BACK TO SCHOOL CAN LEAD TO MORE BEDWETTING

BACK TO SCHOOL CAN LEAD TO MORE BEDWETTING

A CONVERSATION WITH JODIE THOMPSON, PART 1

Jodie Thompson is a Paediatric Nursing Consultant, and she has 26 years of experience working as a caring paediatric nurse.

As kids are going back to school next week this can be a stressful time for kids, and parents.  There has been a lot of disruptions to school routines during the last two years and uncertainty about what it will entail to be back at school can create stress in itself.

I asked Jodie a few questions that hopefully can help you, as a parent, better manage starting school again.

WHY DOES A CHILD START WETTING THE BED WHEN BACK TO SCHOOL AFTER A LONG PERIOD OF BEING DRY?

Children who have never been dry overnight are described as having primary nocturnal enuresis (bed wetting).   Children who have had at least six months of being dry and then start wetting again overnight are described as having secondary nocturnal enuresis (bed wetting).

Given the past two years of disrupted schooling, changes in routines, increase in stress within the family, the potential for illness in families related to Covid-19, and children experiencing high levels of anxiety, can be a cause for bedwetting to return.  Our children are living through unprecedented times of isolation due to Covid lockdowns and regularly changing routines and plans for return to school can have a significant emotional burden on children which can have an impact on their bed wetting.

Children can experience increased fatigue when returning to the school environment, having been engaged with a lot of home based learning the past two years. Finding their rhythm and routines again with face to face learning can mean their body awareness can be affected and they may not wake to the feeling of a full bladder.

Changes in diet or reduced consumption of water due reduced activity levels whilst in lockdowns can lead to constipation which has a significant impact on their bladder’s ability to store urine overnight.

SOME CHILDREN DO NOT LIKE SCHOOL TOILETS, WHAT CAN BE DONE TO HELP THEM HANDLE THAT?

School toilets can be very unpleasant places for many children.  This can be due to the chaotic and noisy environment of many children running in and out of the toilets, the odours that are present, the high likelihood of unflushed or blocked toilets, or even the lighting and the sounds of flushing toilets. All of these elements can be overwhelming for some children, and they avoid the school toilet at all costs.

This often leads to withholding of urine which can lead to over filling and stretching of bladders making them less effective, as well as withholding of stools which can lead to constipation.  As soon as the children come home from school they run at lightning speed to the toilet to relieve themselves, if they haven’t already experienced an accident prior to this.

To assist children with this, often it is helpful approaching your child’s teacher to allow them to use the toilets outside of normal break times. If a child is attempting to avoid a chaotic environment this can help to reduce their anxiety about using the toilets.  Some children may be granted a pass to use the accessible toilets which may be located in a different location to the main toilet block which often is one single toilet in a room which offers them privacy and a less overwhelming environment.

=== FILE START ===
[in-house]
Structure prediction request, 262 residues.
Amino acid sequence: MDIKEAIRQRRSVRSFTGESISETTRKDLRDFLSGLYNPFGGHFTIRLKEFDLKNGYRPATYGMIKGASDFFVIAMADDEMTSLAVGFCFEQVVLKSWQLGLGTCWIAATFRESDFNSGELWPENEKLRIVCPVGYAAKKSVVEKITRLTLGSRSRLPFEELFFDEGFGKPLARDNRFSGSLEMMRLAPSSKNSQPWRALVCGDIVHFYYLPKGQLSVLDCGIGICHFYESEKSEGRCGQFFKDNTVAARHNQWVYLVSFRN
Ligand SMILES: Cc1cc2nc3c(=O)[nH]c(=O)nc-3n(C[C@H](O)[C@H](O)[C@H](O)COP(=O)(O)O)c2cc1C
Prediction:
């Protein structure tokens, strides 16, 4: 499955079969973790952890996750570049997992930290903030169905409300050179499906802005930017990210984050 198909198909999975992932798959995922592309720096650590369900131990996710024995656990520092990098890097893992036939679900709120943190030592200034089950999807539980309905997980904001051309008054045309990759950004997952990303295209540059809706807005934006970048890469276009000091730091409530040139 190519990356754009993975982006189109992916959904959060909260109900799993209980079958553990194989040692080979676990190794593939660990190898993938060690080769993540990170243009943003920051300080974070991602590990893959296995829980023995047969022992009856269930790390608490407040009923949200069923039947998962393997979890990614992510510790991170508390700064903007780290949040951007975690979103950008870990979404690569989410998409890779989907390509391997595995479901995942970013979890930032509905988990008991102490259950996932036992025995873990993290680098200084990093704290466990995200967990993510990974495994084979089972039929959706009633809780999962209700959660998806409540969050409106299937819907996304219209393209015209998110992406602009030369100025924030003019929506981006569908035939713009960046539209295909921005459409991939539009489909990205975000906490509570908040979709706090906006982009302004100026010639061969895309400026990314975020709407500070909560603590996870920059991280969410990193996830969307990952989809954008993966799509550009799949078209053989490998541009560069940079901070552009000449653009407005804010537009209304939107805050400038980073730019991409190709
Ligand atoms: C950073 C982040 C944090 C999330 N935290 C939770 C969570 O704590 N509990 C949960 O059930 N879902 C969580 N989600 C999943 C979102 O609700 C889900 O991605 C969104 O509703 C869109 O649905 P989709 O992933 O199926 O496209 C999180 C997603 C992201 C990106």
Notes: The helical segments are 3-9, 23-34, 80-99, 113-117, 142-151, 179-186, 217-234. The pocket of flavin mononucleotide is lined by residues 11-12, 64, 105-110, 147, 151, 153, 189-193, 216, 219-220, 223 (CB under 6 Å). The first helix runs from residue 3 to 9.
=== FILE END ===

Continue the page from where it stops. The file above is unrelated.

Talking to the school about the specific issues that your child has raised may warrant further investigation and increased cleaning of the toilets if cleanliness is an issue.

HOW TO BEST MANAGE SLEEPOVERS AND SCHOOL CAMPS?

Many children who are school aged find the issue of bedwetting to be embarrassing and don’t want their peers to know that they still wet the bed.  If only they knew that there were others just like them who also experience this but just don’t chat about it in the playground!

Having a private conversation with your child’s teacher about their continence needs whilst at camp is important as they can help support them whilst at camp, whilst remaining discreet about their needs and can dispose of any wet pullups they may wear overnight into a bin.

Some children are not keen to wear pullups to camp for fear of others finding out that they experience bed wetting.  In this case, some children may use the medication Minirin to help keep them dry for those nights at camp, but this must be done under close supervision of their teachers.  Alternatively, using products such as the Pjama Pants which look like regular pants you would sleep in, are a great way to contain any urine they may pass overnight and can be discreetly placed in a bag to take home with them.  This helps to maintain the child’s confidence in front of their peers and allows them to enjoy their camping or sleepover experience.

KIDS COLLABORATIVE: WE’RE HERE TO HELP

Kids Collaborative is a paediatric nursing service, lead by Paediatric Nursing Consultant, Jodie Thompson, an experienced and caring paediatric nurse of 26 years.

Kids Collaborative aims to make a positive difference in the lives of children with complex medical needs or disabilities and their families by offering care and education services that are often difficult to find in the community, but play a very important part in supporting families.

Services include Paediatric Continence Assessments, Independent Nursing Assessments, Education for Common Healthcare Procedures, the development of Healthcare Folders and School Healthcare Plans for children with complex needs to support carers, other family members and school support staff as well as Occasional Care for children living within the Hills District and surrounds with complex needs.

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